ACC in the morning -- Part I: Second-guessing

Posted by ESPN.com's Heather Dinich

Maryland coach Ralph Friedgen and Virginia Tech coach Frank Beamer have more in common than their neighboring lake houses in Georgia. After just one week, both of them are now second-guessing their original calls at quarterback.

Raise your hand if you saw this coming.

Me too, just not after one game.

At Maryland, Jordan Steffy's injured thumb is part of the problem. Friedgen passionately defended Steffy as if he were his own son on Tuesday, but at the same time wouldn't commit to him as a starter for this weekend against Middle Tennessee State.

At Virginia Tech, Beamer decided to revert back to last year's two-quarterback system and use Tyrod Taylor instead of redshirting him.

Did anyone see the UCLA-Tennessee game?

UCLA quarterback Kevin Craft threw four interceptions in the first half against Tennessee, and instead of leaving him in the locker room for the second half, Rick Neuheisel told his quarterback that he, too, threw four picks in his first start.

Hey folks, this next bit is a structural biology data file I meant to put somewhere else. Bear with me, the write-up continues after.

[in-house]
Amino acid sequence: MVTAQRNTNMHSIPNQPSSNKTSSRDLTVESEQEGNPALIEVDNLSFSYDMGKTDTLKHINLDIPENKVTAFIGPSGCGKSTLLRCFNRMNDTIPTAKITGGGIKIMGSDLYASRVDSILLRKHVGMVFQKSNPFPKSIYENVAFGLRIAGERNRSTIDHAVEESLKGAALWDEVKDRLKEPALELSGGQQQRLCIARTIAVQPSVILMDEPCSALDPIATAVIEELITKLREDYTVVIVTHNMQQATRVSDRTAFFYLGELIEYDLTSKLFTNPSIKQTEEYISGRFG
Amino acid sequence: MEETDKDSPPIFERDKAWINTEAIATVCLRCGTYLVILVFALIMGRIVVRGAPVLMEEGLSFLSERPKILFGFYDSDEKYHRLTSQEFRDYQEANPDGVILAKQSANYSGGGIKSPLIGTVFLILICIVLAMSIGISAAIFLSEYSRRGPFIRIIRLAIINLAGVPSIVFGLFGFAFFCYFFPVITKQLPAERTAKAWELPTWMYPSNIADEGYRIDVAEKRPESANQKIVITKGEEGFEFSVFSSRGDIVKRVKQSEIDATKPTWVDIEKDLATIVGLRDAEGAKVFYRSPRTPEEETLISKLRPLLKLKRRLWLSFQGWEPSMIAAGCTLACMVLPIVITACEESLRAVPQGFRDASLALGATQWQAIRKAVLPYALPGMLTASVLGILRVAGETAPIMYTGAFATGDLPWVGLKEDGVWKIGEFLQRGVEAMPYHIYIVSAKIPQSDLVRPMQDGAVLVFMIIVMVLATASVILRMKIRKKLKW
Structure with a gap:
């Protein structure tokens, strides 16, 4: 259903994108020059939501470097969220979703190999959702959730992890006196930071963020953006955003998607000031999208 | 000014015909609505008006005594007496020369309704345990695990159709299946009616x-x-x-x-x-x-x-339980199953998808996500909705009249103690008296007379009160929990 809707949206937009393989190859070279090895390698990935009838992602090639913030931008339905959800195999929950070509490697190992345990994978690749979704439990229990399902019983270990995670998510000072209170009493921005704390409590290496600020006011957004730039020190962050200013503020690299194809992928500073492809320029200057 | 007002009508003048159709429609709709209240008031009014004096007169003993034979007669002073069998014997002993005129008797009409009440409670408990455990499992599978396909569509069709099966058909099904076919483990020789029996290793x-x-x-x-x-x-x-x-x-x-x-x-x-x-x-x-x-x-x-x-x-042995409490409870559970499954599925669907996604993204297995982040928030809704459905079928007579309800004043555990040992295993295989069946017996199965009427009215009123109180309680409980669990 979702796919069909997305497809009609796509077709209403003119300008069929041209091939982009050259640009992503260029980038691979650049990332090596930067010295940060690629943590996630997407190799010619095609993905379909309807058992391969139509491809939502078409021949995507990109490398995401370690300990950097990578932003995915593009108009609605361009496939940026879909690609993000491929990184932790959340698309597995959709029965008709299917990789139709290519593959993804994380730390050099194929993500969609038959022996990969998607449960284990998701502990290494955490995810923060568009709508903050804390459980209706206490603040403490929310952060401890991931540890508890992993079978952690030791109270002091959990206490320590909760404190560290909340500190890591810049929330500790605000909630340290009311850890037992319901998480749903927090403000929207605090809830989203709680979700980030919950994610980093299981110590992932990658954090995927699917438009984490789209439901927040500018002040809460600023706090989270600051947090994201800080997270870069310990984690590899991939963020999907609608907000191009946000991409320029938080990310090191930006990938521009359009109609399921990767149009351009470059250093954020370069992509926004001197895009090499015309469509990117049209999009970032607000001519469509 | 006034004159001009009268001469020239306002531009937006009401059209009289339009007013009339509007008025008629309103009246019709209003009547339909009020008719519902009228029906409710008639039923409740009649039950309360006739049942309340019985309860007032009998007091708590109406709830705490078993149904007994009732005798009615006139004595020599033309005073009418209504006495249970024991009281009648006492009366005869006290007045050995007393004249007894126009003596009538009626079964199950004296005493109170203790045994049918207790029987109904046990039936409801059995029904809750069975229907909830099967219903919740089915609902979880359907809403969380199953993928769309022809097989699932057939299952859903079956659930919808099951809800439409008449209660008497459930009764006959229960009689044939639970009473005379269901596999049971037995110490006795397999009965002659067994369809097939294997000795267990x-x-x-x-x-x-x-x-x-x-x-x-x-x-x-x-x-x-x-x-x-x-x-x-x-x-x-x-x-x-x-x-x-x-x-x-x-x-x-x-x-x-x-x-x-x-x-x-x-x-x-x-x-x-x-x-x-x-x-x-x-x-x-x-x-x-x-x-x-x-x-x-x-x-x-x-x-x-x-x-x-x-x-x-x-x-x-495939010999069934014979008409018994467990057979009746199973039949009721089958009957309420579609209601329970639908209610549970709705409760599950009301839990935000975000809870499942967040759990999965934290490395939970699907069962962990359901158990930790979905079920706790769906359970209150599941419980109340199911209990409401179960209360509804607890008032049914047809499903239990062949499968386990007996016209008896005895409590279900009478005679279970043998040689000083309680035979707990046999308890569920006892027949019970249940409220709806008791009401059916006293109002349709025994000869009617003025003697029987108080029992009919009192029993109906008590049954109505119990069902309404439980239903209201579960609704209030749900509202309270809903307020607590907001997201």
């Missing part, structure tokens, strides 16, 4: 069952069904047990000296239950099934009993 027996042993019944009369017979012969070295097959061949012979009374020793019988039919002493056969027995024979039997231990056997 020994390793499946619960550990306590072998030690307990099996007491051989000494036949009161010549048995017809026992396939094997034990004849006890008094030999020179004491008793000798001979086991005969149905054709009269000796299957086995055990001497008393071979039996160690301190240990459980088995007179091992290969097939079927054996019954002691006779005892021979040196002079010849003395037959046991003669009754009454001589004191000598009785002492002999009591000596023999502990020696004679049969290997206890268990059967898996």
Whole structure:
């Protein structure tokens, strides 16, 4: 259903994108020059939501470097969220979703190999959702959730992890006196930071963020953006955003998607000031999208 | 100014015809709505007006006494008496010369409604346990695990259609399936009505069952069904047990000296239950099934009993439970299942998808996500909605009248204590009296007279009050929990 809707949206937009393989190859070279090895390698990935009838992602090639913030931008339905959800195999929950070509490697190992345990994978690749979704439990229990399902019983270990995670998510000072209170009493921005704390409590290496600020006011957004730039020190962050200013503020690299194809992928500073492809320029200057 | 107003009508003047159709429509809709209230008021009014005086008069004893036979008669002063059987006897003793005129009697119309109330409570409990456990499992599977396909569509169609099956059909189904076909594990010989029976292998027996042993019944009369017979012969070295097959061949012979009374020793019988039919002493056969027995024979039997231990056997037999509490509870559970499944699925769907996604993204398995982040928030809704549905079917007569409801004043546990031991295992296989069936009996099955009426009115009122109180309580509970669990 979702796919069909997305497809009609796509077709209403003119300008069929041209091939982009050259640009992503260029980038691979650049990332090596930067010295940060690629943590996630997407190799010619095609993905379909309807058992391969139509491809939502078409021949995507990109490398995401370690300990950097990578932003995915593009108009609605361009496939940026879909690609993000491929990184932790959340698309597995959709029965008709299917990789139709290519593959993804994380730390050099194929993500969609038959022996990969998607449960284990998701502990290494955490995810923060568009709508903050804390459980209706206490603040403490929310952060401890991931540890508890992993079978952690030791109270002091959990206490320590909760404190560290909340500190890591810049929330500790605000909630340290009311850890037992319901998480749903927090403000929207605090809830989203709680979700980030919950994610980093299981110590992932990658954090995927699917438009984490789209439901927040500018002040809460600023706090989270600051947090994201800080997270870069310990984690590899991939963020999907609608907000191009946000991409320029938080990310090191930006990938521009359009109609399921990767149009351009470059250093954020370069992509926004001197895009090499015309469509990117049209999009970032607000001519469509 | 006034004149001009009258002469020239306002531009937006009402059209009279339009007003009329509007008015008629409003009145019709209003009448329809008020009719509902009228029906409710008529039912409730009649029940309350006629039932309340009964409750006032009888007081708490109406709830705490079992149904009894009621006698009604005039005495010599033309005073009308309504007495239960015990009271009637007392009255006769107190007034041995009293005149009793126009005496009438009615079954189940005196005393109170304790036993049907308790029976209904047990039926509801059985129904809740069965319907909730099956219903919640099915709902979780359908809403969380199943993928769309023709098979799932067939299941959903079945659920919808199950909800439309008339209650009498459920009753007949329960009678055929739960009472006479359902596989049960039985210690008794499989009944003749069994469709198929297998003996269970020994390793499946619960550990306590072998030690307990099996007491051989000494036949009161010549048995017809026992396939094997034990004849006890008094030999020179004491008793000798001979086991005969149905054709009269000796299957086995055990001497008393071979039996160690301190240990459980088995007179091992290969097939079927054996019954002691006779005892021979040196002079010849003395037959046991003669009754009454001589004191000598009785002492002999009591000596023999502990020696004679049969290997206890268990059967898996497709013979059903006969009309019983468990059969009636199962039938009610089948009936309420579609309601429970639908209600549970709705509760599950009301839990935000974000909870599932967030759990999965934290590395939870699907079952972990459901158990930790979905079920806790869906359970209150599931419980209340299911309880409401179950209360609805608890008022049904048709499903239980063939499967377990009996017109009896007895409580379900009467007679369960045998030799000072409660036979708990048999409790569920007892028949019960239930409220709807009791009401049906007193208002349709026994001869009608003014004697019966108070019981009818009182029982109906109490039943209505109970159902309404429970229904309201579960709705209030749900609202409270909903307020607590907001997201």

The only way for a quarterback to play with confidence is to know he has it from his head coach, and neither Beamer nor Friedgen are showing that right now. Yet both of them still expect Sean Glennon and Steffy to win games for them.

This will likely be an ongoing drama in College Park this season, as Chris Turner and Josh Portis have already played in the first game with Steffy. At Virginia Tech, how Glennon handles this decision will affect the entire team. But the Hokies appear to have more problems than just Taylor can solve.

While Hokies' quarterbacks coach Mike O'Cain makes some valid points, the fact he said "I'm not sure we didn't feel this along" makes you wonder why the staff didn't go with its gut the first time around. They knew their personnel heading into the ECU game. It was the same team they had after it.

And Friedgen knows exactly what he has at quarterback. Three guys, three styles and three personalities.

None of whom can, apparently, do it all by himself.